Diagnosed with breast cancer
After being diagnosed with breast cancer for the third time, Glynis Ebelthite from Bisley in Surrey became one of the first patients to be treated with stereotactic ablative radiotherapy (SABR) at a Genesis Care centre.
Conventional radiotherapy would not have been suitable for the 64-year-old due to the impact of the radiation she received during the ‘90s. However, when six months of chemotherapy was not successful in shrinking a secondary nodal tumour that had spread to her chest, Glynis’s oncologist referred her for SABR. The technique precisely targets even the smallest tumours minimising dose to surrounding non-cancerous tissue, thereby re-introducing radiotherapy as an option for patients who experience a recurrence of the disease.
“I’d, unfortunately, had breast cancer twice before, so as soon as I found a lump I went straight to my doctor and was referred very quickly to a breast consultant, and for a mammogram and ultrasound scan.
It was confirmed it was cancer, a completely new disease which wasn’t linked to my previous cancers. I don’t have any family history, and my oncologist, Dr Neal, said it was hormone-linked.
It was worse than before – a grade three, and very aggressive - and within a fortnight I was in the hospital having a mastectomy. It was all very quick - I took early retirement so had my last day at work on Friday, and went in for surgery on Monday!
The doctors then discovered it had spread to my chest. I had six months of chemotherapy after the surgery, but this did nothing to shrink what was still there; in fact, it was still growing despite the chemo being different, much stronger than I’d had last time.
The side effects of chemotherapy
The side effects of the chemotherapy had really been bad, and went on for quite a time; sickness and tiredness as well as losing my hair.
Even though the radiotherapy I’d had before was twenty-five and eighteen years ago, it meant I was unlikely to be able to have anymore due to the scar tissue caused previously and risk of over-irradiating my lung. But Dr Neal suggested I might be suitable for SABR, a type of very precisely targeted radiotherapy, and he spoke with another oncologist, Dr Veni Ezhil, who specialises in the treatment. I did my own research too - but obviously, after six months of chemo and it not shrinking at all, what the doctors said made sense.
Stereotactic ablative radiotherapy (SABR)
I went to GenesisCare where everything was explained really well. The team were very good, talking me through everything so I knew what to expect. I was warned that side effects could be severe as SABR used such high doses of radiation, but I decided nothing could be as bad as the side effects I’d had with the chemo.
The planning was crucial. Initially, I went to three separate scanning sessions and then waited for a couple of weeks while the team got everything together. It took quite a while as so much more work was needed for all the extra planning and things that were needed.
Luckily for me, they have a treatment centre in Guildford which is so close, only a thirty-minute drive away from my home. That made life a great deal easier for me than having to travel a long distance. They also sent a taxi, so I arrived in an unstressed state. All these things were very helpful.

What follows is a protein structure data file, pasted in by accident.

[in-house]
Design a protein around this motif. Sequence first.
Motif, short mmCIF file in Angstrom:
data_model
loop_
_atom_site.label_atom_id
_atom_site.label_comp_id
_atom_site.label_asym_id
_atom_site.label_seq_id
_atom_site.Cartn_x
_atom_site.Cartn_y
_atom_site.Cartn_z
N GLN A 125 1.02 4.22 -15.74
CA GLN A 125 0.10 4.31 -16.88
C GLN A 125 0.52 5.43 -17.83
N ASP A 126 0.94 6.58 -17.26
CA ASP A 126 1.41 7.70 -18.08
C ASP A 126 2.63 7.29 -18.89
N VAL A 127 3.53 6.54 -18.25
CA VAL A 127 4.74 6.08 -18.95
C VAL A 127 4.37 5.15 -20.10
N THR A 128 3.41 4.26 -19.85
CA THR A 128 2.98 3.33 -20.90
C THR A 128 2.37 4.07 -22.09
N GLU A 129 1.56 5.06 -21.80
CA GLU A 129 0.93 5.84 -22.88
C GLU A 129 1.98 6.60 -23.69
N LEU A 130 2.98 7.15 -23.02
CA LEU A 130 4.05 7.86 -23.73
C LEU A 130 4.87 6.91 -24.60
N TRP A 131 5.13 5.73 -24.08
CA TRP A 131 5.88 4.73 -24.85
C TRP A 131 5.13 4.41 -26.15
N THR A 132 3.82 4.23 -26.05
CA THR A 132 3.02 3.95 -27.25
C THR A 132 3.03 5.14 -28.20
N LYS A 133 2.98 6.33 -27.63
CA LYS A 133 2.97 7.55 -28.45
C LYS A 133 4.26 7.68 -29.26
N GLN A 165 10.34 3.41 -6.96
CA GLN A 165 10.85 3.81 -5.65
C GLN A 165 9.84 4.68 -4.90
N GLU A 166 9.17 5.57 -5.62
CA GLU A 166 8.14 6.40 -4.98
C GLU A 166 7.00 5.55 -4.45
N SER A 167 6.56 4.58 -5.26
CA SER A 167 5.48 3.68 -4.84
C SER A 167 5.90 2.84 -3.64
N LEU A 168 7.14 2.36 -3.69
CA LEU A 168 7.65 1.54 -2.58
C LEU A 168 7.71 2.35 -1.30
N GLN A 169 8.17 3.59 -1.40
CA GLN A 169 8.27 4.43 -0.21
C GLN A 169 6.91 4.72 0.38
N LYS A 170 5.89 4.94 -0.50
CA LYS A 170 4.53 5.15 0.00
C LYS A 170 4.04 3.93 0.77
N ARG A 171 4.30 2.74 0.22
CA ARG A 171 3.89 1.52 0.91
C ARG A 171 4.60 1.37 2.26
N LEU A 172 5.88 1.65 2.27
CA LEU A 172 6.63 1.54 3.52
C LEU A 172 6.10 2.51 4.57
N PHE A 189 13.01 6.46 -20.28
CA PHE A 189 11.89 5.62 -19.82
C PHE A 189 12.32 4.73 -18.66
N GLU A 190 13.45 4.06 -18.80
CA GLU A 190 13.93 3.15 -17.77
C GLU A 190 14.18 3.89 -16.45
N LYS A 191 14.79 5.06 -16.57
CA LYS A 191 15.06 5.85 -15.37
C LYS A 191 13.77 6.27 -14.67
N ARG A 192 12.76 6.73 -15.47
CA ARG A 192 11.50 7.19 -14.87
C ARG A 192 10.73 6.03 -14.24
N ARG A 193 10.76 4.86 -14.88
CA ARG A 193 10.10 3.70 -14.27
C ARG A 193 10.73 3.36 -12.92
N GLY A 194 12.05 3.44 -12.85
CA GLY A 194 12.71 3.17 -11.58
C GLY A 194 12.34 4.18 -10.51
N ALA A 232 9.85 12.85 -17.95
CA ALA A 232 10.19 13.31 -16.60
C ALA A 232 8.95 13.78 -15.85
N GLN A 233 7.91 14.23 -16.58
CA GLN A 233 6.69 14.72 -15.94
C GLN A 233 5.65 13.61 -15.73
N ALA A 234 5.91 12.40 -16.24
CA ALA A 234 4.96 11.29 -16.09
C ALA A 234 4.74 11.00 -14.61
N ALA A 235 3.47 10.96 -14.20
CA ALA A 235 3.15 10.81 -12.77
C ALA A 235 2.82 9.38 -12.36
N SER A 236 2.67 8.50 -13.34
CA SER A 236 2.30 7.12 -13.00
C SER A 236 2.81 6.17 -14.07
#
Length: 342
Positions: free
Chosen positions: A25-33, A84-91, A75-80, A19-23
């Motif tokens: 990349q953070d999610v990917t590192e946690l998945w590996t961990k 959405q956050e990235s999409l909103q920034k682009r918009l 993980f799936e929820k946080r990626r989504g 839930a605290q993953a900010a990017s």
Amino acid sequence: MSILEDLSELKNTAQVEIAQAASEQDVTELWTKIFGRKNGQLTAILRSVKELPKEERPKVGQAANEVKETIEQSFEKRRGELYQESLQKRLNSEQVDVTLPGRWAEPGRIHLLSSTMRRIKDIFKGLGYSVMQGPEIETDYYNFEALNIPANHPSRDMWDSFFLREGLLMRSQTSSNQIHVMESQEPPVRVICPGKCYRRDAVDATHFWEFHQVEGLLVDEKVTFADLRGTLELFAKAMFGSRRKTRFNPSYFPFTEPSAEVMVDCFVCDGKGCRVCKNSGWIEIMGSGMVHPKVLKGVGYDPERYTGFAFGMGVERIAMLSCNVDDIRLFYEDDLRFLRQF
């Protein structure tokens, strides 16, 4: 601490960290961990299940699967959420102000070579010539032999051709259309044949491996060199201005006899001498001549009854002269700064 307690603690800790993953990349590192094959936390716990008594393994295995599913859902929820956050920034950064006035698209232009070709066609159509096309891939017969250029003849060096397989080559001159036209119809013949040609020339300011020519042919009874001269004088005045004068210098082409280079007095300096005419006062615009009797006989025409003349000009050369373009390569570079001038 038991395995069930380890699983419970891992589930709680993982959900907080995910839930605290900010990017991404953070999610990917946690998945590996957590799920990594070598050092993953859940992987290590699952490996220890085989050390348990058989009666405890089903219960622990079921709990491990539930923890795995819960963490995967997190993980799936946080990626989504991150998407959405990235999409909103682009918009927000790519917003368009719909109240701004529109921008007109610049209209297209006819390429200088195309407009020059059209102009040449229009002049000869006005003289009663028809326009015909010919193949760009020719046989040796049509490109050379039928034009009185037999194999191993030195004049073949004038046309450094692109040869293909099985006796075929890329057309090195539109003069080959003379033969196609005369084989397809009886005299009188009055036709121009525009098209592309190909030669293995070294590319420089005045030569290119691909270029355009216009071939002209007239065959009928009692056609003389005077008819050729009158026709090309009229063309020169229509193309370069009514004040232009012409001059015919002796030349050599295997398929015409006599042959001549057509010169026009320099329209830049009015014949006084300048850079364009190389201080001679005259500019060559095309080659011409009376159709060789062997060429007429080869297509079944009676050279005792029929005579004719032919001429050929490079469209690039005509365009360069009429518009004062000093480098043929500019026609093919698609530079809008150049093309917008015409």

I only had to have three treatments, all during the same week. When I first went in the room it seemed very high tech, a bit like a James Bond set! It was marvellous. The session was broken down so each beam only delivered for about three minutes. The whole thing took about thirty-five minutes and was comfortable and completely pain-free.
The team continued taking more images during the treatments and they told me before the last session that they could already see a shrinkage of the tumour. It was amazing.
Unlike the radiotherapy I’d had when I was in my forties, I didn’t have any red skin, soreness or itching; no side effects at all. Dr Ezhil was thrilled, although she did explain that we had to give everything time to settle down before having another scan and follow appointments with her and Dr Neal.
In the meantime, I’m enjoying simple pleasures such as gardening and walking my dog, Spencer. My hair is growing back, although I’m still making the most of wearing my super wigs. I have three wigs which I’ve enjoyed experimenting with – wearing them, and continuing to make up my face has helped me to look well, even on the days I didn’t feel well. That gave me a boost, and I got the biggest kick from people not knowing I was ill.
Friends and family knew, of course, and have all been supportive. My partner has been brilliant, as have my two sons – taking me for treatments and giving me support. My boys were obviously concerned about their mum, but as a family, I think we’ve all coped with it wonderfully well. Both of my sons will become dads for the first time in the next few months which has been a really positive thing for us all.
Back when I was so ill last year, I didn’t think I’d ever become a grandmother, but now I’m looking forward to welcoming them into the world, being able to help out and enjoy spending time with my grandchildren.”